Mississippi Awarded $3.58 Million to Combat Opioid Addiction

May 1, 2017 – U.S. Senator Thad Cochran (R-Miss.) announced in April that the Mississippi Department of Mental Health (DMH) will receive $3.58 million in federal funding to combat opioid addiction and overdose related deaths.

The State Targeted Response to the Opioid Crisis Grants issued by the U.S. Department of Health and Human Services (HHS) will allow Mississippi to expand access to opioid treatment, implement a broad range of prevention strategies, train health care providers, and continue to improve prescription drug monitoring throughout the state.

“Last year, I assembled a task force to develop strategies to fight opioid addiction and overdoses in Mississippi,” said Governor Phil Bryant. “We must have every resource available to stop this scourge, so I am grateful to Sen. Cochran and everyone else involved in securing this funding to allow the Department of Mental Health to join us in this fight.”

The grant will allow DMH to continue collaborative efforts with other state agencies and continue its efforts to combat this epidemic. DMH is already collaborating with multiple state agencies, including the Department of Public Safety, the Mississippi Bureau of Narcotics, and the Mississippi Board of Pharmacy. DMH has also been a participant in the governor’s Opioid and Heroin Study Task Force. The efforts of these agencies will address not just illicit drugs like heroin, but abuse of prescription opioids as well.

“Prescription drug abuse is a significant problem in our country and our state right now,” said Melody Winston, Director of the Bureau of Alcohol and Drug Services at DMH. “People often think that just because a prescription came from a doctor, they don’t have anything to worry about when taking it. Every opioid prescription has the potential to lead to addiction, and unfortunately, that’s all too often how addiction has started for many Mississippians.”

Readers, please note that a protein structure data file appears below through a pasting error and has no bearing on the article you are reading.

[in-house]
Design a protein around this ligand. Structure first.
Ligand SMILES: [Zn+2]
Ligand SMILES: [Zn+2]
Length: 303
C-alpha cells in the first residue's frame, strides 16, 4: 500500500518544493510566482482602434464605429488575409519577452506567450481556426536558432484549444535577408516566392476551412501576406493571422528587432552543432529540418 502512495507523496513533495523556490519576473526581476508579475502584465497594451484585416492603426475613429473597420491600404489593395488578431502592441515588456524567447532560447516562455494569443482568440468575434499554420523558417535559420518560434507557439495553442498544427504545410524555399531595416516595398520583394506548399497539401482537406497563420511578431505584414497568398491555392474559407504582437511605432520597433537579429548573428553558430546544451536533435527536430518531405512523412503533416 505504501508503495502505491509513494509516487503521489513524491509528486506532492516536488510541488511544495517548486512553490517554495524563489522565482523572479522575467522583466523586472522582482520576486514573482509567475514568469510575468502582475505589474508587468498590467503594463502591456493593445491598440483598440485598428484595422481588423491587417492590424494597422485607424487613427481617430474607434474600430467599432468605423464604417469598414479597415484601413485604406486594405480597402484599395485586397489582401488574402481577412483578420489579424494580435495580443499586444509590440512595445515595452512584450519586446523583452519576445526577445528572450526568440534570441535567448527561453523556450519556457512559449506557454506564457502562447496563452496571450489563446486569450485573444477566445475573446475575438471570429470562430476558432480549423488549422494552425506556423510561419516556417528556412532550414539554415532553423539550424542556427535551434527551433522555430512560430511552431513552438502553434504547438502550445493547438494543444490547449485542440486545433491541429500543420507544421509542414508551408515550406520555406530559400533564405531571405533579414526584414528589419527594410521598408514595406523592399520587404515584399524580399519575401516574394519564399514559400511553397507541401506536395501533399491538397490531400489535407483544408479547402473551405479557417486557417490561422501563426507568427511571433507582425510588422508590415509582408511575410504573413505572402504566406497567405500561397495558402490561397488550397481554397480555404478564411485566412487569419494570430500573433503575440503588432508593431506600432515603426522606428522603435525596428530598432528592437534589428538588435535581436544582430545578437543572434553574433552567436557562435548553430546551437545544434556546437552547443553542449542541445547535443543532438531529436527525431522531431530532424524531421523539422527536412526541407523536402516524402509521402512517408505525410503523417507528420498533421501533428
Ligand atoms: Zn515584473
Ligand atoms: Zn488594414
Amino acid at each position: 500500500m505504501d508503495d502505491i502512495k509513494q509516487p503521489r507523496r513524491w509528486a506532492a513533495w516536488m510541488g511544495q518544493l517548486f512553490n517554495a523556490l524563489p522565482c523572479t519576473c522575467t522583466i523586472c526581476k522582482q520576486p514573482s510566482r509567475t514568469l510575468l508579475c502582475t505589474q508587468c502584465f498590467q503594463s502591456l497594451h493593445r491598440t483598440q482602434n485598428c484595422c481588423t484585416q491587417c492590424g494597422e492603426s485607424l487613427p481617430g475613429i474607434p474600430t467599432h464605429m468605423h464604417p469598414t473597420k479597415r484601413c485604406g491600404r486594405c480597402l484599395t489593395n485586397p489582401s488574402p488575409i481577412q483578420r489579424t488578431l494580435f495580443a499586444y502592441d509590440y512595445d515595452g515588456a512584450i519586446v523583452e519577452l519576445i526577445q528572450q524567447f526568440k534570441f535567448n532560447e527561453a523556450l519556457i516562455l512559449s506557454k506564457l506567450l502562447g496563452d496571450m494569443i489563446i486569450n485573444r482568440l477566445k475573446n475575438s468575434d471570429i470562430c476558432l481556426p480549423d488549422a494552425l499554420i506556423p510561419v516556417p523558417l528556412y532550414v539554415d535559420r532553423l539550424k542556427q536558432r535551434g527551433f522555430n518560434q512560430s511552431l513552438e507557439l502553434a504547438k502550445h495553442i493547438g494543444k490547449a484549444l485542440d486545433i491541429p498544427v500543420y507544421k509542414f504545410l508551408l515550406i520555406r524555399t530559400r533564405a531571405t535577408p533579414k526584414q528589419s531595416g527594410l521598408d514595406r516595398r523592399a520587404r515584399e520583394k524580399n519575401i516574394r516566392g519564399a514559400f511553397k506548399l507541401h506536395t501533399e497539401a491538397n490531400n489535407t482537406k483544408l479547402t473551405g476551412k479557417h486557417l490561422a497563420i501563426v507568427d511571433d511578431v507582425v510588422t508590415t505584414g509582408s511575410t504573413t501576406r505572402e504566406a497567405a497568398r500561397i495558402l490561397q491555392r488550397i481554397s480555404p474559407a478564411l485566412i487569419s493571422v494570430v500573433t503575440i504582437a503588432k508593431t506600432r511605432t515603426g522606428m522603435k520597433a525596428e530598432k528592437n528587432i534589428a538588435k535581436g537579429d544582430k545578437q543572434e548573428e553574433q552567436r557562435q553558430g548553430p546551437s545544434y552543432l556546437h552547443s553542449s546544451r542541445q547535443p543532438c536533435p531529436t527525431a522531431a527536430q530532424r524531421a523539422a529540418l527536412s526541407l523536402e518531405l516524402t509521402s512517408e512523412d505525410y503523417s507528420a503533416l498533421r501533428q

As opioid prescriptions became more widespread in recent years for common health issues like back pain, abuse and dependence of those opioids, like hydrocodone, has skyrocketed. This has led to an uptick in the use of heroin as people begin to seek out opioids when they are no longer able to get prescriptions.

Opioids were responsible for over 33,000 deaths in the United States in 2015, according to HHS. The Mississippi Department of Health attributes many accidental overdose deaths in Mississippi to a high level of opioid painkiller prescriptions.
“The opioid problem in Mississippi is serious, and this funding will help provide the state the resources needed to continue to address the issue,” Senator Cochran said. “Mississippi health officials will be able to use this funding to improve treatment options and prevent unnecessary deaths.”

In all, HHS is making $485 million available to all 50 states, the District of Columbia and six U.S. territories. These grants are formula based and administered by the Substance Abuse and Mental Health Services Administration. The grantee in Mississippi is the Department of Mental Health.

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DMH is supporting a better tomorrow by making a difference in the lives of Mississippians with mental illness, substance use disorders and intellectual or developmental disabilities one person at a time.



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